As I mentioned in my previous post, one of the main elements for my wedding decor was to be an abundance of fresh flowers. I love flowers. I usually have fresh flowers in the house somewhere. It is my little indulgence. In particular, I love traditional English flowers: roses,
and the like. And I love big, informal arrangements. With excellent timing, I found a book called “Vintage Flowers” by Vic Brotherson,
who owns the florist Scarlet & Violet in London, just as I was starting to try and organise ideas in my head. The word “vintage” caught my eye, but once I opened the book, I knew I had found the perfect inspiration for my wedding flowers.
Vic does exactly the type of informal thing I love in flowers. I found most of my suppliers by recommendation, but the florist I chose I knew of already: Marion at JA Stobo Florists, Main Road, Wylam. She always has a great and varied selection of flowers unlike what you usually find in florists. She is also local to me and I tried to use local suppliers for the wedding wherever possible. When I needed some flowers for a photo shoot a couple of years ago, I went there and bought three massive hydrangea heads in the most wonderful shade of blue.
I wouldn’t have found them anywhere else. So in I went armed with my book, hoping Marion would “see” my vision. She immediately got excited by the project. The brief was to make it look as though I had gone out and denuded the garden in the morning. Each arrangement was to be different, there was no colour preferences and arrangements were to look blousy and informal. The only thing I did was collect vintage containers, in particular swan planters (swans mate for life so I thought it was a nice motif),
and give her a list of flowers I didn’t want (nothing too architectural, exotic or modern looking). Then I just had to leave her to it on the day. I saw the bridal party bouquets before the wedding ceremony, but I had to wait to see the table decorations until I walked into the marquee with everyone else. I must admit, I was nervous. When I get an idea, I have a very clear vision of what I want. Usually I execute it myself, but this time I was going to have to relinquish control entirely and hope that Marion had interpreted my vision perfectly. And I am not very good at relinquishing control.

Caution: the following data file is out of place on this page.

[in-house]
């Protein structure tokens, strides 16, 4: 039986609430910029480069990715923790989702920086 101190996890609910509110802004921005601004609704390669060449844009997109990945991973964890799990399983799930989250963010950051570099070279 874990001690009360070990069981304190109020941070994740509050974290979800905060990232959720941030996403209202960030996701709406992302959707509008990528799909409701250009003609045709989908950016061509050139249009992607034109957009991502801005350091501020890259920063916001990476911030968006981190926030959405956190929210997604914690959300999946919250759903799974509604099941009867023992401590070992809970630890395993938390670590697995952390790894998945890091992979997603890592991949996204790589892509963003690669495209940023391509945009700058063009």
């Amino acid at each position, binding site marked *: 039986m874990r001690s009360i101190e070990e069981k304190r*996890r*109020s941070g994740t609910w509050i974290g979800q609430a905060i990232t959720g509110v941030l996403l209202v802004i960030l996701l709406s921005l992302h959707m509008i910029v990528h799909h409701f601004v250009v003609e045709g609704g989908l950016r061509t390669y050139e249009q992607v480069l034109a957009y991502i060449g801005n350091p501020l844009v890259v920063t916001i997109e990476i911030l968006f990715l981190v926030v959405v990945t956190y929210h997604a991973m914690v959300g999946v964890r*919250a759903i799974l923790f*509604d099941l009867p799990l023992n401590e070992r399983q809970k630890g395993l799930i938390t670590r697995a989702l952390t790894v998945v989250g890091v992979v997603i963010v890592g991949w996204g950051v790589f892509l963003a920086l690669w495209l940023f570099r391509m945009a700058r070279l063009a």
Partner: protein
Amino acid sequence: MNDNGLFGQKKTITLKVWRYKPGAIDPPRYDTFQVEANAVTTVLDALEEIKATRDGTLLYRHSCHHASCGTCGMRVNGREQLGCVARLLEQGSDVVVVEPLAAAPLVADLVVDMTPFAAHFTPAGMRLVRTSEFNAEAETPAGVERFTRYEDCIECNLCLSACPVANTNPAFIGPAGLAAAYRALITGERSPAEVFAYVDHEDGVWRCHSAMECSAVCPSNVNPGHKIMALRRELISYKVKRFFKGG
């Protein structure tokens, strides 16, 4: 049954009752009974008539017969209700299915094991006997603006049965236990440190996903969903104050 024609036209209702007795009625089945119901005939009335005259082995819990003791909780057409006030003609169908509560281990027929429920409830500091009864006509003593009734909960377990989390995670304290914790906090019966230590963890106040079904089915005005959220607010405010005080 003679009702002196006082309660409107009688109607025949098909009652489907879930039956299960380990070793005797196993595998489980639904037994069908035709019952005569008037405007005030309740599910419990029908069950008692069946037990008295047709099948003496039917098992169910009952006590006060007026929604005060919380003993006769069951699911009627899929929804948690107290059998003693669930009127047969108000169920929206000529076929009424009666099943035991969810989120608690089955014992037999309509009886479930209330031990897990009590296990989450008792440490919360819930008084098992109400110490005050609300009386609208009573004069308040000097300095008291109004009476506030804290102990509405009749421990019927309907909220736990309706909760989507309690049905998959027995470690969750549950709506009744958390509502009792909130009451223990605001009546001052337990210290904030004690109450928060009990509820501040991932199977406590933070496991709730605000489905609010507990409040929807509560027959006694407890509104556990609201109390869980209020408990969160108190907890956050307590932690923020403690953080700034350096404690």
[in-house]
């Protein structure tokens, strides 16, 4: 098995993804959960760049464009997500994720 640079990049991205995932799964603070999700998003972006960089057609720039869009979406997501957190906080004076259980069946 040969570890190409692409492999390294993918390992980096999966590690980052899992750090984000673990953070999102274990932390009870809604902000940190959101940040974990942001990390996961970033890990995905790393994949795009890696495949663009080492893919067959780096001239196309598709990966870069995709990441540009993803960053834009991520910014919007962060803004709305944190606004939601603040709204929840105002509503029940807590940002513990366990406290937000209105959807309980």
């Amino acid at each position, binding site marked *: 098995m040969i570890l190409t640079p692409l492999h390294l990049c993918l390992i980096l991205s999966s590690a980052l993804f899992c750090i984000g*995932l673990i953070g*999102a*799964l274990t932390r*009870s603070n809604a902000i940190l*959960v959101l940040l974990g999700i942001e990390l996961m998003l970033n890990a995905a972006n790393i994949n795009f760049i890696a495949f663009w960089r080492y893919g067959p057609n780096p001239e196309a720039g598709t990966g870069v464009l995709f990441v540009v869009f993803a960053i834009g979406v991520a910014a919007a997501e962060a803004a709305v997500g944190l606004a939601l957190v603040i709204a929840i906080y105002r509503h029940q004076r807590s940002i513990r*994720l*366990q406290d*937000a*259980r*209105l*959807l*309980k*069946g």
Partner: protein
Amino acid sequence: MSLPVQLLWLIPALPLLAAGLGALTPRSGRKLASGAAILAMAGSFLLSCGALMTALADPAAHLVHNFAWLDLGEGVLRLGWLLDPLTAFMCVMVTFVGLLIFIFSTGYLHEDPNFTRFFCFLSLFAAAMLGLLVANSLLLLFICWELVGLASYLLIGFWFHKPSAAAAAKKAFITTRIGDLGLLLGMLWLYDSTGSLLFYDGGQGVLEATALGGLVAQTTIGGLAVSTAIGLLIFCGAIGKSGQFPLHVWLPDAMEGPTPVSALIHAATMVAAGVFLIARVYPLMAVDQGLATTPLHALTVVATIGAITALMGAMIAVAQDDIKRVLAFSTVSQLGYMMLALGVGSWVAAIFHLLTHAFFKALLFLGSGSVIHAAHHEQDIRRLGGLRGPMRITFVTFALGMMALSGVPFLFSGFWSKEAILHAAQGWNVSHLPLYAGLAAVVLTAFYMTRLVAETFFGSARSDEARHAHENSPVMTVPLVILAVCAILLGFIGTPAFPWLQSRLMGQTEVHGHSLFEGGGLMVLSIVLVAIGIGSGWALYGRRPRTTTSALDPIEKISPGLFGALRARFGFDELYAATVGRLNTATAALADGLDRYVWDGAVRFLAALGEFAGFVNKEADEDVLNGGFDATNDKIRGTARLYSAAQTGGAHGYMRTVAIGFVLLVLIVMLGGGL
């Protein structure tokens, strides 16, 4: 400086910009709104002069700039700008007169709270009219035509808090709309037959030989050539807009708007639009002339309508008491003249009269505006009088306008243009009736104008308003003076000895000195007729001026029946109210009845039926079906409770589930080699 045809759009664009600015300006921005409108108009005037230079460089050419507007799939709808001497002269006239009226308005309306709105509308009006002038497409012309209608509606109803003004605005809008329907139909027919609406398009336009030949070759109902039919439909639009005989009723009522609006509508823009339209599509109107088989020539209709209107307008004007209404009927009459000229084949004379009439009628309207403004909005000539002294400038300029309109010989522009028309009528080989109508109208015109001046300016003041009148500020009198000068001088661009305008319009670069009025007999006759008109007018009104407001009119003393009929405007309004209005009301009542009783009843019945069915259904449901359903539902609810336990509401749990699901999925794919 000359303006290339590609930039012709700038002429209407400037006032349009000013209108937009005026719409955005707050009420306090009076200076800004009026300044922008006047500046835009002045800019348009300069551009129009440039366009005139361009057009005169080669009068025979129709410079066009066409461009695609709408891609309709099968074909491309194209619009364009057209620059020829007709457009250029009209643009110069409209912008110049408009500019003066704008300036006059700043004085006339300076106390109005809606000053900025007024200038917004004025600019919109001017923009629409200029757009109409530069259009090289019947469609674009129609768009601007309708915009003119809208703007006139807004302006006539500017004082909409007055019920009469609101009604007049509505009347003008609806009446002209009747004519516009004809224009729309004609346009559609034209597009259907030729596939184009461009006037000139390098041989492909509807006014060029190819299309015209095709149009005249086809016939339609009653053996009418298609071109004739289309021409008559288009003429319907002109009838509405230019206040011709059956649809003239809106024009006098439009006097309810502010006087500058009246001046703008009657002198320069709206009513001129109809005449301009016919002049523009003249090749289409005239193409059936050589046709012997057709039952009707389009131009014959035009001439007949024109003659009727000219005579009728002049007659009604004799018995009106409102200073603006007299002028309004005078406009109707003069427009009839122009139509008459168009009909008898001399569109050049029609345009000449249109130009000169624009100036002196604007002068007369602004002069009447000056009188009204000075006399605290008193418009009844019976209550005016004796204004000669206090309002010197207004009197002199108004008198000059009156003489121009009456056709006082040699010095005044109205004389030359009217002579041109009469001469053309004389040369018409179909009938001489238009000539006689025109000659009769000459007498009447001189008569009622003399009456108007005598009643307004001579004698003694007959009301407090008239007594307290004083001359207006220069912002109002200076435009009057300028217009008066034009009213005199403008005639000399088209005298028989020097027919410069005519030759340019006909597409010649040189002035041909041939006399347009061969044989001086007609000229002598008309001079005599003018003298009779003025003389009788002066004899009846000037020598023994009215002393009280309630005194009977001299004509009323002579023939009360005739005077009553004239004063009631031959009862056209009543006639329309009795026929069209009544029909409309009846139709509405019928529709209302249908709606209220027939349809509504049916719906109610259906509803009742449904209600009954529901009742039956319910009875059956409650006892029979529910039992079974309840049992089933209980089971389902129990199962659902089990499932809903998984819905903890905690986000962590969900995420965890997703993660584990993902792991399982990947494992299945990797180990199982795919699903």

Stephen and I had such fun collecting vintage vases and planters leading up to the wedding. All in all we were able to provide Marion with about 35 of them.
Our pride and joy was the giant swan planter we found on ebay at the last minute. We had been looking and looking and looking, but everything was wrong being either too stylised or too modern. With about a month to go, the perfect one came up, thankfully on a “Buy it Now” option because I don’t think my nerves could have taken an auction this close to the wedding. We instructed Marion to really go to town with him. He was to go on a table right inside the door so you'd see him first.
We were the last to walk into the marquee. We walked in as the DJ announced us and I scanned the room looking at all our fab friends and family who had come to our wedding, some of them from great distances. And then I looked at the flowers. I could have wept with joy. Marion and her team had excelled themselves. The large swan was resplendent.
Even Stephen was impressed. Generally he thinks flowers are nice, but he's a bloke so doesn't give them much thought. But the swan made an impression.
Because Stephen and I had bought a house 6 months ago, we had to use the honeymoon fund to cover solicitor’s fees and stamp duty (tax) so we stayed in Ryton for our post wedding break. It meant that we had the luxury of really enjoying the flowers as I brought them all home. (You can just see the wellies poking out of the boot of my car. I had them on standby to wear with my wedding dress should the weather have misbehaved on the day - one has to be prepared. Thankfully, they stayed in the car as the weather was perfect).
The beautiful foxgloves from the giant swan lasted nearly a month. They provided, as they should, a great deal of joy and for a short spell, I could immerse myself in floral heaven, our house looking as though I had been extremely extravagant with flowers.
We haven’t done anything with our little garden this year because we needed to see what would come up. We moved in in winter when the garden was bare. My hope is to really plant up the garden over the next few years so that I shall have my own source of flowers to use. Already there is an abundance of rose bushes (about 60, but some are not looking so good so may need attention or replacing), hydrangea, foxgloves and a few things I haven’t identified yet not being very up on flowers, much as I love them. I have a lot to learn and a lot to do, but it will be fun.
Photographs by Stephen Egglestone, Helen Morris and Deborah Langford.